The Herald Sun, November 9, journalist Josh Fagan
ABUSE of prescription painkillers and illegal opioids, such as heroin and opium, has jumped to a 10-year high in Australia.
Worrying new data shows it is claiming the lives of three people a day.
A report from the Australian Institute of Health and Welfare found 1119 people died from opioids in 2016, up from 591 deaths in 2006.
Hospitalisations for opioid poisoning increased 25 per cent, the report said.
The figures, released today, are a snapshot of the growing problem of addiction to legal opioids such as codeine and morphine, and illegal opioids.
Institute spokeswoman Lynelle Moon said there were grave concerns over misuse of prescription opioids.
People took more than the amount prescribed, used other people’s prescriptions or used prescribed medication for non-medical purposes.
“In the case of both deaths and hospitalisations, pharmaceutical opioids were more likely to be responsible than illegal opioids,” Dr Moon said.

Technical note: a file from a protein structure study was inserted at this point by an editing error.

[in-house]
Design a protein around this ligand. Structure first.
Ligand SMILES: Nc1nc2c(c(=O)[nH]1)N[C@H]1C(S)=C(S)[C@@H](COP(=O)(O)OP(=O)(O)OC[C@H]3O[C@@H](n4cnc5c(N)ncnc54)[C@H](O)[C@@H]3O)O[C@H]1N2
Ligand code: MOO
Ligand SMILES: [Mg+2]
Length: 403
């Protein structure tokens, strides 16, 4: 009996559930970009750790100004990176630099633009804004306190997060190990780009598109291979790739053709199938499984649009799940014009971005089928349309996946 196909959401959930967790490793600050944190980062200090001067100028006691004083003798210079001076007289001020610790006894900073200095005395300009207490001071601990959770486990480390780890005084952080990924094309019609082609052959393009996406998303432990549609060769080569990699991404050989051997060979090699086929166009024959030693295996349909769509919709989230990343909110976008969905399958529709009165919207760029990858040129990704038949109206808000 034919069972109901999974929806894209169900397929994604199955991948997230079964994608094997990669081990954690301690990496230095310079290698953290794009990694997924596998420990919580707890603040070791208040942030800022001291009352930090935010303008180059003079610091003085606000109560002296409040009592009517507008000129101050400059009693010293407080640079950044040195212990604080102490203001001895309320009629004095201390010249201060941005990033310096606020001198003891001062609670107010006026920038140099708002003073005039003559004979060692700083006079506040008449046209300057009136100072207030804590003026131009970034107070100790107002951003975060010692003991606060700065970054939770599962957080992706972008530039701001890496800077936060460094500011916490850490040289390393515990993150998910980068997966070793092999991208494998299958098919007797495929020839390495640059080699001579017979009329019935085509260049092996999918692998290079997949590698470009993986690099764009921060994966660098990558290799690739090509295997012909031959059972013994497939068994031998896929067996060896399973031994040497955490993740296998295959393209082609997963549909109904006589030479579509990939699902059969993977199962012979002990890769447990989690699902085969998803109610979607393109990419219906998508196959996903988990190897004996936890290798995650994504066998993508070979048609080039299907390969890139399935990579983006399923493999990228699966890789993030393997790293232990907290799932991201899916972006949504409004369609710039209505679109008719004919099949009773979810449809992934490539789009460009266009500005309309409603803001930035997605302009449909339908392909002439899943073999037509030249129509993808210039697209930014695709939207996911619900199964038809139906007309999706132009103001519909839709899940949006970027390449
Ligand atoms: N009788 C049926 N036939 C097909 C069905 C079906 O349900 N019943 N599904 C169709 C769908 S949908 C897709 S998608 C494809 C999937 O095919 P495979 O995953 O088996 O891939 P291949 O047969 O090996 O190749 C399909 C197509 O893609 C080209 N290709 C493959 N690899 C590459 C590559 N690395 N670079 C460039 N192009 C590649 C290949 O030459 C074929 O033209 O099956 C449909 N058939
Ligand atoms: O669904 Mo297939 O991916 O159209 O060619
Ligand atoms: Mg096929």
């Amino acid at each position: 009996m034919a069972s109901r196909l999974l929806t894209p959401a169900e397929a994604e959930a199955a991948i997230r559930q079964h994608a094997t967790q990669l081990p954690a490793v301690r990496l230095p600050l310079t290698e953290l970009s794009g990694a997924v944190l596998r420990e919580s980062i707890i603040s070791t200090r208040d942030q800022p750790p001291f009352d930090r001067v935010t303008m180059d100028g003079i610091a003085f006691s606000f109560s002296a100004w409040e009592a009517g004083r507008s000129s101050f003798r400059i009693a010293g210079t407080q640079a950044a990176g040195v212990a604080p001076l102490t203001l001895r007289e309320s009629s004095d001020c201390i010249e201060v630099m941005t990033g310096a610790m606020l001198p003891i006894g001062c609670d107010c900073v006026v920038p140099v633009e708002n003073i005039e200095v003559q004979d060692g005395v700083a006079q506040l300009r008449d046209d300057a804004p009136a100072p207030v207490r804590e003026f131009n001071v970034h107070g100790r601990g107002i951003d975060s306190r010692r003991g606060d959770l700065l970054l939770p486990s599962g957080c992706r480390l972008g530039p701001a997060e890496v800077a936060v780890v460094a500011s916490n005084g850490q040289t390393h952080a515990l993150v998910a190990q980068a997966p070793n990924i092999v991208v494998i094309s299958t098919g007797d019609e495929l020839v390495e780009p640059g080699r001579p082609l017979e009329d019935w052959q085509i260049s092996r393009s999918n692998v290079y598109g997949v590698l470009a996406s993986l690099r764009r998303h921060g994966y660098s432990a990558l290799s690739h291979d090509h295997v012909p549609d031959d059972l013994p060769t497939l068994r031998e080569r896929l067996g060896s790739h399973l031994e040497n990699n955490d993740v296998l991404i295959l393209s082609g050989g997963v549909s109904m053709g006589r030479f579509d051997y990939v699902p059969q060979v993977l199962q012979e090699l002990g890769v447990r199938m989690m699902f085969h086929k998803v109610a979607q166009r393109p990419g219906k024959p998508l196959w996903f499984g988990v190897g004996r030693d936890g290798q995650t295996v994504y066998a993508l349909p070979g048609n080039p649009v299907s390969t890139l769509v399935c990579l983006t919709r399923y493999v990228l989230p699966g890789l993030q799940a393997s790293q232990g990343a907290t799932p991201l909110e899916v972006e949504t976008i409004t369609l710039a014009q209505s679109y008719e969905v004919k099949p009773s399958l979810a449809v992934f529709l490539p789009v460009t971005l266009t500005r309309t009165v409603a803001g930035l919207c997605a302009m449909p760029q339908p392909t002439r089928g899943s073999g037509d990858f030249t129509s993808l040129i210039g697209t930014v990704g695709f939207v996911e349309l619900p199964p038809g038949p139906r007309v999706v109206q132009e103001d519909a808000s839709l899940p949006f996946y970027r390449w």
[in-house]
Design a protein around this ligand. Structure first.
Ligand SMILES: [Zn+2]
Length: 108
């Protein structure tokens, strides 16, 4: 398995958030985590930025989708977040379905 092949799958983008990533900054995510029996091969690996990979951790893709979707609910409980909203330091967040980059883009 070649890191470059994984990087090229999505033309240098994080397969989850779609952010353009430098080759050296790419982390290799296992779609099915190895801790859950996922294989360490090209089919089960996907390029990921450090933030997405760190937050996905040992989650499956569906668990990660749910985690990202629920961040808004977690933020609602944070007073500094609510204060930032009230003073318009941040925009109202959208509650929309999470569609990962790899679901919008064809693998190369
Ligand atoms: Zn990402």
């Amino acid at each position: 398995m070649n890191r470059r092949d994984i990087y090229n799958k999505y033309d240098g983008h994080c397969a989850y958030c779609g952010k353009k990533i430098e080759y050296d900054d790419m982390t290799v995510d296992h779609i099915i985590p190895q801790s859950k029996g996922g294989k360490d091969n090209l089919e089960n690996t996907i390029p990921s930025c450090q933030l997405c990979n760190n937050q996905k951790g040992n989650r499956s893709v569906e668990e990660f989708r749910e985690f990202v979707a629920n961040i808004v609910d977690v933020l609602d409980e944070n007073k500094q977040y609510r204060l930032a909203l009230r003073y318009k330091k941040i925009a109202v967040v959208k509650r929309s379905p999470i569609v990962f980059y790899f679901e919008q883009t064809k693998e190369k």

The report said 3.1 million people were given 15.4 million opioid prescriptions under the Pharmaceutical Benefits Scheme in the 2016-17 financial year.
Oxycodone was the most commonly dispensed prescription opioid, followed by codeine and tramadol.
About 715,000 people used pharmaceutical opioids for illicit or non-medical purposes in 2016-17, the report said.
Over the same period, about 40,000 people used heroin.
The findings come amid debate over the safe injecting room that opened in North Richmond on June 30.
The state government approved the centre in response to an increasing number of heroin-related deaths, mainly in public places in the streets off Victoria St.
The opposition has vowed to scrap the trial if they win the state election.
The institute’s report said the death toll from opioids was not as high as the heroin epidemic of the 1990s.
The 1119 opioid-related deaths in 2016 was the highest recorded since a peak of 1245 in 1999.
The report, Opioid harm in Australia and comparisons between Australia and Canada, examined opioid-related harm between the two countries.
It found Australia had a comparatively higher rate of heroin use.
Dr Moon said the report highlighted the increased harms associated with both pharmaceutical and illegal opioids and showed the benefits of international collaboration in tackling the problem.